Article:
Five other South Carolinians perished at the Alamo,10 but the roles of Travis and Bonham are legendary. On March 5, the day before the Mexicans' final siege, Travis is said to have drawn a line in the sand with his sword, telling the men inside the fortress that whoever was ready to fight to the death should step across and join him on the other side. All but one man did. (Over 150 years later, another emigrant to Texas – President George H.W. Bush – would allude to this bold gesture when he spoke of "drawing a line in the sand" during the Gulf War.)
Today, numerous place-names throughout Texas honor William B. Travis, including Travis County, home of the state capital of Austin, and nearby Lake Travis. But the colonel's legacy reaches further still. Though he lived in Texas for just over four years, the name of this native South Carolinian has become synonymous with the American West in general and Texas in particular. Countless Texan boys are given the rugged first name of "Travis" each year, and Western films regularly use the name "Travis" for their protagonists. (In Executive Decision, Steven Seagal took no chances: his character was named Colonel Austin Travis.) Actors from Lawrence Harvey to Alec Baldwin have portrayed Travis on both big and small screens; in 1991, the bioflick Travis traced his entire life, from South Carolina onward.
Though James Butler Bonham hasn't exactly become a household name, head north of Fort Worth, Texas not far south of the Red River and the Oklahoma border, and you find yourself in the mid-sized city of Bonham, named in honor of the Saluda County native. Home to legendary US Speaker of the House Sam Rayburn, Bonham ironically serves as the seat of Fannin County, named for the man who declined to save the Alamo.11 In the John Wayne film, The Alamo, the Duke reserved the choice role of Bonham for his own son, Patrick.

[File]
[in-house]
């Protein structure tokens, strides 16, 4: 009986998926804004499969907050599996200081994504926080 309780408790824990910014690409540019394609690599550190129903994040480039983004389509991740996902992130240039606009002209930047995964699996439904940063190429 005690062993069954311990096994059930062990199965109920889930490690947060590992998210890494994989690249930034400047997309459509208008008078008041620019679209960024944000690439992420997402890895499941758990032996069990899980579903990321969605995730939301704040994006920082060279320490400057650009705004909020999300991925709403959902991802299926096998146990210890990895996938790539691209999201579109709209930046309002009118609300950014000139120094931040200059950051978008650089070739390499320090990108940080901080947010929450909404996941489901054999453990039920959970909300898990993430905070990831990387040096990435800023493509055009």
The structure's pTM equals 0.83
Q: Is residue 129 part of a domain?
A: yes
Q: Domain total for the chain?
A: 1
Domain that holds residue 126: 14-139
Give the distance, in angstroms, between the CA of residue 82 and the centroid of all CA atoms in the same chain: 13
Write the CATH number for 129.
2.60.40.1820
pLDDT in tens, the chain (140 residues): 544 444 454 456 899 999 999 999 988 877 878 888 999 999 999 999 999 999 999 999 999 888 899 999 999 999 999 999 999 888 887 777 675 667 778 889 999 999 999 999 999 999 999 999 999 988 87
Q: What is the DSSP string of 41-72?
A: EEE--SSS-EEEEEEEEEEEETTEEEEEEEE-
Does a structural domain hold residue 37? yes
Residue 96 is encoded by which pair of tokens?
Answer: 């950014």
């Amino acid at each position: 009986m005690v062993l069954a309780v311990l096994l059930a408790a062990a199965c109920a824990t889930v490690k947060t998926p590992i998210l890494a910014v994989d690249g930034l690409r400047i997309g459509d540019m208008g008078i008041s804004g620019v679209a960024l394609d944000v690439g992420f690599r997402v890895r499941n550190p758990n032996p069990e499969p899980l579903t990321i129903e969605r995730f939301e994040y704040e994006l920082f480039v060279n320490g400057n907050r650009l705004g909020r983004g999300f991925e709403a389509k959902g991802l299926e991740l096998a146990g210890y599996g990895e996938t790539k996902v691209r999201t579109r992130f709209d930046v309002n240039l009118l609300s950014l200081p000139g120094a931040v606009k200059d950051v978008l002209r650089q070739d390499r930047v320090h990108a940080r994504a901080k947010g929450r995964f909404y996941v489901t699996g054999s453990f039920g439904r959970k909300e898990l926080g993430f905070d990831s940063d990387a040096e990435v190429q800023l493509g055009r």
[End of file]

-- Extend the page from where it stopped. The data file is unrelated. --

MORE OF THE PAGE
In South Carolina today, you'll find a monument to Travis and Bonham on the lawn in front of the Saluda County Courthouse. The Red Bank Baptist Church, attended by the Travis and Bonham families, still stands today. Bonham's birthplace, now called Bonham House, also stands. To get there, take US 178 east 3.5 miles to SC Secondary Road 328. Take 328 north 0.7 miles to SC 329, and follow this road east for 0.2 mile until you see the old house on the left side of the road. Continue a bit further along SC Secondary Road 329 and you'll reach the Smith-Bonham Cemetery on Richland Creek. James Bonham is not there, of course – his body was burned by Santa Anna's men after the battle, along with those of Travis and all but one of the other Alamo defenders.12
You can also find a fine Alamo display at the Saluda County History Museum, including a painstakingly accurate 1/64th scale model of the garrison. Out on SC 121, you'll see a Travis monument erected jointly by Saluda County and the ever-grateful people of Texas.